Monday, August 21, 2017


August 2017 - Toronto ON

Front St.


August 2017 - Toronto ON

Tuesday Treasures

Pictorial Tuesday   Tom hosts Tuesday's Treasures.

August 2017 - Toronto ON

I thought this sculpture merited its own post.

Just south of Front St. on Navy Wharf Court is the Chinese Railroad Workers Memorial.

You could easily see this as part of my walk last week which also included a historical walk along King St. which includes more links to this walk.
Also in the area are these sculptures.

The Workers Memorial was funded by the Foundation to Commemorate the Chinese Railroad Workers in Canada, led by James Pon. In 2004, Pon told the Toronto Star his father had to pay a $500 head tax to bring him to Canada in 1922, and it took 17 years to pay off the debt. The Workers Memorial, including the trestle arch and sandstone blocks carved to represent the Canadian Rockies, was built in 1989 and designed by prominent Toronto artist Eldon Garnet. The bronze figures were cast by Francis LeBouthillier.

This scene would have been common across the country as workers built the Canadian Pacific railway from coast to coast in the 1800s.

Image result for toronto archives chinese railway workers

Estimates of how many Chinese workers died building the railroad vary widely.
The memorial puts the number at over 4,000.Workers died in landslides, cave-ins, from disease, drowning, and explosions. Blasting tunnels through the mountains of B.C. made it the most dangerous, time-consuming, and deadly section of the railroad. Around 15,000 Chinese workers were brought in between 1880 and 1885 to work on the railroad in B.C., mostly from southern provinces including Guangdong, and paid around half of what other workers made ($1 a day to the $2–$2.50 other labourers got). They faced racism from many in B.C., partly because workers were concerned that Chinese immigrants were willing to work for less, and discrimination from their supervisors on the railroad, who paid them little, forced them to buy supplies from the company store, gave them the most dangerous jobs, and gave them little access to healthcare.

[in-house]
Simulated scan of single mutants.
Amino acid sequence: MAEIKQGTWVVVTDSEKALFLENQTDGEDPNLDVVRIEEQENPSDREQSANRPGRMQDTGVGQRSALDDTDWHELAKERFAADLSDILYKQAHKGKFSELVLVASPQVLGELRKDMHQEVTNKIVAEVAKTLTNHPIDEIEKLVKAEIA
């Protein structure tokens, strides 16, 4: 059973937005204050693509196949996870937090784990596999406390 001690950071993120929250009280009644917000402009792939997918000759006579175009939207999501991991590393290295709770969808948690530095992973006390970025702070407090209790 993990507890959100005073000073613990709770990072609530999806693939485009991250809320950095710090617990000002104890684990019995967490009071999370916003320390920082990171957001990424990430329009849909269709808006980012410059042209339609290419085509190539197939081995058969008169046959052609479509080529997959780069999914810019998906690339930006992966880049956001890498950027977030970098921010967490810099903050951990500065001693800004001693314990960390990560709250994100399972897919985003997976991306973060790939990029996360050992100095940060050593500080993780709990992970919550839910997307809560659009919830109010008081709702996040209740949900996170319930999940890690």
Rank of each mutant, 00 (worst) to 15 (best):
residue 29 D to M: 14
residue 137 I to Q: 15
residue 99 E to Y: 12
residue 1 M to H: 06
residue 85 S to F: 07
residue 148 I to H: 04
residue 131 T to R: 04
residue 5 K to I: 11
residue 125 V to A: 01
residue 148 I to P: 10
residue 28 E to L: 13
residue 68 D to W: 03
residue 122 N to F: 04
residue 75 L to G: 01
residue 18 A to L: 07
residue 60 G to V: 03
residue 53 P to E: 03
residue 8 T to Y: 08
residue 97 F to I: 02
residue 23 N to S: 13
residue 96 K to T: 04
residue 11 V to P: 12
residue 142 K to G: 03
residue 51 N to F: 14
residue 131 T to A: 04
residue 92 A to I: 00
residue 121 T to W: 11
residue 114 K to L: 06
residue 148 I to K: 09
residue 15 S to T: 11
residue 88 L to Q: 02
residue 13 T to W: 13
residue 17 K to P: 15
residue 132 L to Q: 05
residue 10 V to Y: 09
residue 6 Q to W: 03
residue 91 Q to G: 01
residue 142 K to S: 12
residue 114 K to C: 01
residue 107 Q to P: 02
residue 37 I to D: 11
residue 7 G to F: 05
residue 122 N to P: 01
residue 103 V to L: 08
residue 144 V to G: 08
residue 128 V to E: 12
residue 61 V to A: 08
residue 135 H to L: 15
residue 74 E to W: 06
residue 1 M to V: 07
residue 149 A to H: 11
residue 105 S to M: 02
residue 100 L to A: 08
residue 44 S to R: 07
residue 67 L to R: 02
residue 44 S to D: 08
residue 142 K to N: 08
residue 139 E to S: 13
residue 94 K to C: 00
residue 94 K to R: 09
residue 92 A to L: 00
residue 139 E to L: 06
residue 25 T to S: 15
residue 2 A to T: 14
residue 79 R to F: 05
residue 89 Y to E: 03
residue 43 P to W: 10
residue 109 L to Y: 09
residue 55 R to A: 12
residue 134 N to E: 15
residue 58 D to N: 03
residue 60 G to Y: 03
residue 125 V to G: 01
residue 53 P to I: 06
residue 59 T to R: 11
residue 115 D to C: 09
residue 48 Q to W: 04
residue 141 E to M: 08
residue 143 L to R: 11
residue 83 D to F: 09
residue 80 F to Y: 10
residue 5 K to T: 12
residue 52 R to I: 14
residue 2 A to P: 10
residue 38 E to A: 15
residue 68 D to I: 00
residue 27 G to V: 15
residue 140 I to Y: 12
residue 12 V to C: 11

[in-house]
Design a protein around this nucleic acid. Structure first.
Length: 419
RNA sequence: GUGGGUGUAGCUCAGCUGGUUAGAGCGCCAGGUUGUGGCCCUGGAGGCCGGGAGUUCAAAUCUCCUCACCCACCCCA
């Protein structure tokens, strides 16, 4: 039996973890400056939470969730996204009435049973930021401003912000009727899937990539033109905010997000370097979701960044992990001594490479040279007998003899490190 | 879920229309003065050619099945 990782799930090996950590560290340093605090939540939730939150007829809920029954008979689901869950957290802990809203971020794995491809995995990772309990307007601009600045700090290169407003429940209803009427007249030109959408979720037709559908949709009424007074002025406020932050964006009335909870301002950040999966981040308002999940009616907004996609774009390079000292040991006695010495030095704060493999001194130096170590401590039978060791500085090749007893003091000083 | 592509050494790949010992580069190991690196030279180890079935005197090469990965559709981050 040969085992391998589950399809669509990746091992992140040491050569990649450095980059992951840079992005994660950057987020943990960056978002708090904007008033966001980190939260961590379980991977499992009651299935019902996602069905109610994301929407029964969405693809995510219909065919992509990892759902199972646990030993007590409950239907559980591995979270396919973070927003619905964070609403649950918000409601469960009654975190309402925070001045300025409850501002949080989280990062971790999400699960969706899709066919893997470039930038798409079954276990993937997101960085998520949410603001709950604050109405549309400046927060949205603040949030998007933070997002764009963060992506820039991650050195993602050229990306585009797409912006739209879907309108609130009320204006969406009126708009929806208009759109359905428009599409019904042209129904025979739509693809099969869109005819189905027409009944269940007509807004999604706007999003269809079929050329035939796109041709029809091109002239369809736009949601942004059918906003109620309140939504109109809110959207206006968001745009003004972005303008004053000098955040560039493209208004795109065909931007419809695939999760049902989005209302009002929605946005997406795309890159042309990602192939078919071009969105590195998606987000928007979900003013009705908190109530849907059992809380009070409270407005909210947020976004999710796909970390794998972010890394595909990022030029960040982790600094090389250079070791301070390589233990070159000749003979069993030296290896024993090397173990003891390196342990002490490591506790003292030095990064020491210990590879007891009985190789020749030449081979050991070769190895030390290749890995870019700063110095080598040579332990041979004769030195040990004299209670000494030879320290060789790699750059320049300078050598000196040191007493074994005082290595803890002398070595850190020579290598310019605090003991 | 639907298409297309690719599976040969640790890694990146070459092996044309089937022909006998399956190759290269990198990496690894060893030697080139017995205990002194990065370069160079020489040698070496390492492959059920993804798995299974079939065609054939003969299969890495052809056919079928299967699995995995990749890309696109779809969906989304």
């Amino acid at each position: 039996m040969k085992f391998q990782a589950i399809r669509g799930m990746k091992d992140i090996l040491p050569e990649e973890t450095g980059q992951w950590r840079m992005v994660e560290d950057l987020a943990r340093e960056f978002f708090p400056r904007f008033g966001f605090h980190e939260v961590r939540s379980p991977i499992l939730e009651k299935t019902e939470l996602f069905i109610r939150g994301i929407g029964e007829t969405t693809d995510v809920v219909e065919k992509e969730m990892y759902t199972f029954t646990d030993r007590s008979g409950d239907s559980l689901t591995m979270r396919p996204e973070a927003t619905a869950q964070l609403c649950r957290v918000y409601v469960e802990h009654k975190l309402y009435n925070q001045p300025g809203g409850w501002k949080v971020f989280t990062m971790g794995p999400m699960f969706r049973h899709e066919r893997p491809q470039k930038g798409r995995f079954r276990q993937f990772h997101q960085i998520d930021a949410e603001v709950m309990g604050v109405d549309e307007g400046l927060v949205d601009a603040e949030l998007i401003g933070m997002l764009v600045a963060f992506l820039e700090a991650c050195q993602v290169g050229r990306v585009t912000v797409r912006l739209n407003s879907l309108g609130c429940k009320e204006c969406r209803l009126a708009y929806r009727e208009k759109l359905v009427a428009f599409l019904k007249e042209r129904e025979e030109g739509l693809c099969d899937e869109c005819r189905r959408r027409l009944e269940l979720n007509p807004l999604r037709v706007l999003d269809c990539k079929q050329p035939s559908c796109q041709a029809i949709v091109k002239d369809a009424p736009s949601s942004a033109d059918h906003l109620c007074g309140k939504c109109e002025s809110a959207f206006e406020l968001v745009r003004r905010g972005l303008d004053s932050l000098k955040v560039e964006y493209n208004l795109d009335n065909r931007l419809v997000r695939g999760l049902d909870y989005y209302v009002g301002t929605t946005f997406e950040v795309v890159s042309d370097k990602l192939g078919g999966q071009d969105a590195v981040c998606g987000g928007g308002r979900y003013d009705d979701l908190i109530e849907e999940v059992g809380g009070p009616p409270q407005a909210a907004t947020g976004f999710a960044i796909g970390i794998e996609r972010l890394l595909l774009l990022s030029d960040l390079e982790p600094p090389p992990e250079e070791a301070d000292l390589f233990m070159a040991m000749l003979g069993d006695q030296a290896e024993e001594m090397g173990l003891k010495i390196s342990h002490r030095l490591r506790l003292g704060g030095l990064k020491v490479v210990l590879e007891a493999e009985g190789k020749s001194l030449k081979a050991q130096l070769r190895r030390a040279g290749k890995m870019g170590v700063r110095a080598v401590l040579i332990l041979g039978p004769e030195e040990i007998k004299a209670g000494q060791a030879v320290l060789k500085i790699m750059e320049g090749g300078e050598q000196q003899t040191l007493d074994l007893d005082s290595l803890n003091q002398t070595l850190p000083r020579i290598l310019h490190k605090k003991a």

This man stands high on top, directing the log with just a rope, pulling it up to build the next tie on a railroad.

Another man reaches up towards the large wooden log—big enough to crush him—and braces himself against the trestle.

Even those who survived building the railroad often couldn’t afford to return to China or bring their families to Canada. They were left without jobs in hostile territory. The railroad workers memorial notes that it also memorializes these men, saying, “With no means of going back to China when their labour was no longer needed, thousands drifted in near destitution along the completed track. All of them remained nameless in the history of Canada.”

Sunday, August 20, 2017

Foto Tunes

Tom the backroads traveller hosts this weekly meme. 

August 2017 - Toronto ON

The Rogers Centre, originally named SkyDome, is a multi-purpose stadium situated just southwest of the CN Tower. Opened in 1989 on the former Railway Lands, it is home to the Toronto Blue Jays of Major League Baseball (MLB).

The venue was noted for being the first stadium to have a fully retractable motorized roof, as well as for the 348-room hotel attached to it, with 70 rooms overlooking the field.

But I really wanted to highlight these sculptures!

The Audience – by Michael Snow is a collection of larger than life depictions of fans located above the northeast and northwest entrances. Painted gold, the sculptures show fans in various acts of celebration.

John St. entrance

Waver, Pointer, Oh No, V for Victory, Camera Man, Nose Thumber, Man and Boy

Peter St. entrance

Binoculars, Lady Pointer,  Ear Wagger, Clapper, Fatso, Thumbs Down, Muscle Man

Take Me Out to the Ball Game

Monday Mural

I'm linking up at Monday Mural hosted by Oakland Daily Photo.

August 2017 - Toronto ON

We went to Underpass Park this week and got some beauties. I will break this into 3 posts.

Part 1
Part 2

Underpass Park, located under and around the Eastern Avenue, Richmond and Adelaide overpasses, is the most extensive park ever built under an overpass in Canada, and the first ever in Toronto.

Constructed in two phases, the first completed sections of the park are between St. Lawrence Street and Bayview Avenue. The second phase of the park, on the west side of St. Lawrence Street, opened in 2015.

Birdo and Elicser made an appearance!

Good Random Fun

August 2017 - Burlington ON

Who knew what randomness you could find at the Royal Botanical Gardens?

Linking up:
The Good The Random The Fun